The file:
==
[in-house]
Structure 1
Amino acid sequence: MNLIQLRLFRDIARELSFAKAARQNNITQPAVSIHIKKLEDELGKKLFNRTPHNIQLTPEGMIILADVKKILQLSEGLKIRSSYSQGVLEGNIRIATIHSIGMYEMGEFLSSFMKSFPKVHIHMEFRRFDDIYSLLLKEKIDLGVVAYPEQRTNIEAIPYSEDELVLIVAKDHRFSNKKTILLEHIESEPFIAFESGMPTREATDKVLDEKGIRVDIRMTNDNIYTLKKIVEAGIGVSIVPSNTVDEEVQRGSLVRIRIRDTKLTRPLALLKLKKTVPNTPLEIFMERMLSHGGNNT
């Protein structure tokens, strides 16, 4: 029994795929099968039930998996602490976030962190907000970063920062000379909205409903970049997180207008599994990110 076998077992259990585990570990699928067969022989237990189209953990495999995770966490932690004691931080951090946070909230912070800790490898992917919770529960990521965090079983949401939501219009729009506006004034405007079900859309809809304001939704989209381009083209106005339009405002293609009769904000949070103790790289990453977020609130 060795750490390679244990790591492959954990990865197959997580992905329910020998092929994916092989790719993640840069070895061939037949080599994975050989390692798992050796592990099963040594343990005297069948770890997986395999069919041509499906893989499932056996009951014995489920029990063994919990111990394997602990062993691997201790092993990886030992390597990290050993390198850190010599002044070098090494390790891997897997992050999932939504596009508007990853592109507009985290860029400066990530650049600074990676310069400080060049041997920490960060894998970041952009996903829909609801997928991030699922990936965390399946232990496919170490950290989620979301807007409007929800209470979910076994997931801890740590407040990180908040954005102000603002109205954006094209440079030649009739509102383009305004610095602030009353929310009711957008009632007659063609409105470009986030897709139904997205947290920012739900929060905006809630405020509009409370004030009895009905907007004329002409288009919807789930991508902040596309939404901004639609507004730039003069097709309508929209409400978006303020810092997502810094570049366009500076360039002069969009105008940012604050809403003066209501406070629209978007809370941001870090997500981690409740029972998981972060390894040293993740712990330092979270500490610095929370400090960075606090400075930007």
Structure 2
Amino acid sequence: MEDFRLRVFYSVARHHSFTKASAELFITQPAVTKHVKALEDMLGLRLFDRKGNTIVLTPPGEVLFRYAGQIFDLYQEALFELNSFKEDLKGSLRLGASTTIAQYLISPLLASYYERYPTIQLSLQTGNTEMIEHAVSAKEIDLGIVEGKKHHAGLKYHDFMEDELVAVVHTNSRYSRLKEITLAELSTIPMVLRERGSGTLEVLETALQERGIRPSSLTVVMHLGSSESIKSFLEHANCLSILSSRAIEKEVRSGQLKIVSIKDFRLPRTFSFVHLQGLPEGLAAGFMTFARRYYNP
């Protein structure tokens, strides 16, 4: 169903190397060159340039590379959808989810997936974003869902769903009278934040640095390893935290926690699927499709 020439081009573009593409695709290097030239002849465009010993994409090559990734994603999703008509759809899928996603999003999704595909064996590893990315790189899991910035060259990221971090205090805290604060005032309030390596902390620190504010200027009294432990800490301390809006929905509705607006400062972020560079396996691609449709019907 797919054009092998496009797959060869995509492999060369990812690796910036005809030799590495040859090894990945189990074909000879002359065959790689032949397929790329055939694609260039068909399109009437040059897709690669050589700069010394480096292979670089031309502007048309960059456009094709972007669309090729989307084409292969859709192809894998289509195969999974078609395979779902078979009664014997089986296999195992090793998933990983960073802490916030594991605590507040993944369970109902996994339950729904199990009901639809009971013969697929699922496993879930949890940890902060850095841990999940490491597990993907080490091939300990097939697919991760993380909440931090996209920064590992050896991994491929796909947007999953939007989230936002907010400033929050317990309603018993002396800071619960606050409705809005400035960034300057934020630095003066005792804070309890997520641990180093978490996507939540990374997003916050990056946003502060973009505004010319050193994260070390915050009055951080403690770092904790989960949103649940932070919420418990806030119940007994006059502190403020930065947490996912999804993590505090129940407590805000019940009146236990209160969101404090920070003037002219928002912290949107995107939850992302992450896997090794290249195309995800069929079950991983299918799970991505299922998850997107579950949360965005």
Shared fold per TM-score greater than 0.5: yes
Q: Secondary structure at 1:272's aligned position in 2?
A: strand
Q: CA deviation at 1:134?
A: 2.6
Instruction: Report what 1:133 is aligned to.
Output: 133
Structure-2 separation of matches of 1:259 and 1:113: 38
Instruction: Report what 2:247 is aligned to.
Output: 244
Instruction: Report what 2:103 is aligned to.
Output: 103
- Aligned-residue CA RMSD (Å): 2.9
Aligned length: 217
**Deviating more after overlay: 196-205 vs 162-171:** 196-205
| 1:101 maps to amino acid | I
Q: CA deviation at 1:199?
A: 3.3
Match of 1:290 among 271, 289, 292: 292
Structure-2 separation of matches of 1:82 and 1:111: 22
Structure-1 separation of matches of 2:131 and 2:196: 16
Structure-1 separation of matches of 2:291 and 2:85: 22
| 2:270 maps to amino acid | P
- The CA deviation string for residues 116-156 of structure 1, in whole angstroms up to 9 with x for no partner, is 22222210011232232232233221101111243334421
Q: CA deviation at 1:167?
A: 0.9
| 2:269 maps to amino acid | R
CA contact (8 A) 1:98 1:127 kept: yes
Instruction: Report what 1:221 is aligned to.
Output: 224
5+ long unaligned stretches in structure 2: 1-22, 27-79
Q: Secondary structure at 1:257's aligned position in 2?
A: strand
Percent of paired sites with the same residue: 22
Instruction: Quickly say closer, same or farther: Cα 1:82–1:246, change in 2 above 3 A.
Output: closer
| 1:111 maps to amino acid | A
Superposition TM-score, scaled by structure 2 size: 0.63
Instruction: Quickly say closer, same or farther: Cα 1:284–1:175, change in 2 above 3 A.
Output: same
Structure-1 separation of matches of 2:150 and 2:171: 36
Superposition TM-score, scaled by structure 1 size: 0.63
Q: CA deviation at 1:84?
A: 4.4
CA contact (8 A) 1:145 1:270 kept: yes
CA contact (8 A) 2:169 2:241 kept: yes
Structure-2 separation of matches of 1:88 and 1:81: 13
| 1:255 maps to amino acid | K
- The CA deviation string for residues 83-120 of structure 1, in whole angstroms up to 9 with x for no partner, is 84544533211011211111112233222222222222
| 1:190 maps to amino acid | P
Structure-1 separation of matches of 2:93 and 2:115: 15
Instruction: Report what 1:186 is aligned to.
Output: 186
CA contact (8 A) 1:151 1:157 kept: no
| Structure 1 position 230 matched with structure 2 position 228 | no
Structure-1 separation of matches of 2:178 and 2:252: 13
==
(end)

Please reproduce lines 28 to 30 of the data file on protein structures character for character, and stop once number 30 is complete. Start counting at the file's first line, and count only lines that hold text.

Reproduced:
Structure-1 separation of matches of 2:131 and 2:196: 16
Structure-1 separation of matches of 2:291 and 2:85: 22
| 2:270 maps to amino acid | P